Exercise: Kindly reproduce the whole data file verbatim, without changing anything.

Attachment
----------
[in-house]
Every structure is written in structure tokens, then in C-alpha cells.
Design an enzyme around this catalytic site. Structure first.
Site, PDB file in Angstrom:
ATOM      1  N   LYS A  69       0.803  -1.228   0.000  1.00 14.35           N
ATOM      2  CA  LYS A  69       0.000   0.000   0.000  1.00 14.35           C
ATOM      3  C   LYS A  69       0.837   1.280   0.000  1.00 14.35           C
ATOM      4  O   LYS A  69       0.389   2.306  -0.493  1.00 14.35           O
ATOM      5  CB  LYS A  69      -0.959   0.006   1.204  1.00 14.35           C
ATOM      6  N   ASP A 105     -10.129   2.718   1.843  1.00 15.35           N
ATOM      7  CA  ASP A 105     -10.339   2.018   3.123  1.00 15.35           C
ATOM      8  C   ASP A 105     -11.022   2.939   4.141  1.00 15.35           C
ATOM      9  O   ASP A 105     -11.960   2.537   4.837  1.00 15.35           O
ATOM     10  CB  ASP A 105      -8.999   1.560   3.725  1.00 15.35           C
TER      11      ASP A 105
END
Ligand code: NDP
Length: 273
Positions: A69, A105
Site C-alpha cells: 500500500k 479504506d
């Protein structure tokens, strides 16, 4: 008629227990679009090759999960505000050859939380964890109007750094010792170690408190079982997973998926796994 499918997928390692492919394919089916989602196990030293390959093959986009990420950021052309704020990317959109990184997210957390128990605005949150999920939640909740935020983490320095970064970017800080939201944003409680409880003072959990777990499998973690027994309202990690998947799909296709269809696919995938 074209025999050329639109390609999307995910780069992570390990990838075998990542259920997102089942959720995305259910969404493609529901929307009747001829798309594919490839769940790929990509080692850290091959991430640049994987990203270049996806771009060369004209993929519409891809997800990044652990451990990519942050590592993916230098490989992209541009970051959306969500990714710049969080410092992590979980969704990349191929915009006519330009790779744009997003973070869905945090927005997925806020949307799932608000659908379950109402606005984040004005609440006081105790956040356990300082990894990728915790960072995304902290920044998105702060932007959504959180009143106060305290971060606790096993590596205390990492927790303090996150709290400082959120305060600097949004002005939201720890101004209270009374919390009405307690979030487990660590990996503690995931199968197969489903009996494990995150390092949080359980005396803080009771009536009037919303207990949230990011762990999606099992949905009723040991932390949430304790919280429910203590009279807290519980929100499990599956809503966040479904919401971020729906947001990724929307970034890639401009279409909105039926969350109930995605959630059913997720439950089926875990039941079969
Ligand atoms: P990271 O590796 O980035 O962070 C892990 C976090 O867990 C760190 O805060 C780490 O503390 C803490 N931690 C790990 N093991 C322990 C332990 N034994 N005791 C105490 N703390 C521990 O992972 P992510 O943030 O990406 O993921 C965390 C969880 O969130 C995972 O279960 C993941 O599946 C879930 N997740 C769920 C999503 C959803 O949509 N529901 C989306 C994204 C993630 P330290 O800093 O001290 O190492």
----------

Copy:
[in-house]
Every structure is written in structure tokens, then in C-alpha cells.
Design an enzyme around this catalytic site. Structure first.
Site, PDB file in Angstrom:
ATOM      1  N   LYS A  69       0.803  -1.228   0.000  1.00 14.35           N
ATOM      2  CA  LYS A  69       0.000   0.000   0.000  1.00 14.35           C
ATOM      3  C   LYS A  69       0.837   1.280   0.000  1.00 14.35           C
ATOM      4  O   LYS A  69       0.389   2.306  -0.493  1.00 14.35           O
ATOM      5  CB  LYS A  69      -0.959   0.006   1.204  1.00 14.35           C
ATOM      6  N   ASP A 105     -10.129   2.718   1.843  1.00 15.35           N
ATOM      7  CA  ASP A 105     -10.339   2.018   3.123  1.00 15.35           C
ATOM      8  C   ASP A 105     -11.022   2.939   4.141  1.00 15.35           C
ATOM      9  O   ASP A 105     -11.960   2.537   4.837  1.00 15.35           O
ATOM     10  CB  ASP A 105      -8.999   1.560   3.725  1.00 15.35           C
TER      11      ASP A 105
END
Ligand code: NDP
Length: 273
Positions: A69, A105
Site C-alpha cells: 500500500k 479504506d
């Protein structure tokens, strides 16, 4: 008629227990679009090759999960505000050859939380964890109007750094010792170690408190079982997973998926796994 499918997928390692492919394919089916989602196990030293390959093959986009990420950021052309704020990317959109990184997210957390128990605005949150999920939640909740935020983490320095970064970017800080939201944003409680409880003072959990777990499998973690027994309202990690998947799909296709269809696919995938 074209025999050329639109390609999307995910780069992570390990990838075998990542259920997102089942959720995305259910969404493609529901929307009747001829798309594919490839769940790929990509080692850290091959991430640049994987990203270049996806771009060369004209993929519409891809997800990044652990451990990519942050590592993916230098490989992209541009970051959306969500990714710049969080410092992590979980969704990349191929915009006519330009790779744009997003973070869905945090927005997925806020949307799932608000659908379950109402606005984040004005609440006081105790956040356990300082990894990728915790960072995304902290920044998105702060932007959504959180009143106060305290971060606790096993590596205390990492927790303090996150709290400082959120305060600097949004002005939201720890101004209270009374919390009405307690979030487990660590990996503690995931199968197969489903009996494990995150390092949080359980005396803080009771009536009037919303207990949230990011762990999606099992949905009723040991932390949430304790919280429910203590009279807290519980929100499990599956809503966040479904919401971020729906947001990724929307970034890639401009279409909105039926969350109930995605959630059913997720439950089926875990039941079969
Ligand atoms: P990271 O590796 O980035 O962070 C892990 C976090 O867990 C760190 O805060 C780490 O503390 C803490 N931690 C790990 N093991 C322990 C332990 N034994 N005791 C105490 N703390 C521990 O992972 P992510 O943030 O990406 O993921 C965390 C969880 O969130 C995972 O279960 C993941 O599946 C879930 N997740 C769920 C999503 C959803 O949509 N529901 C989306 C994204 C993630 P330290 O800093 O001290 O190492």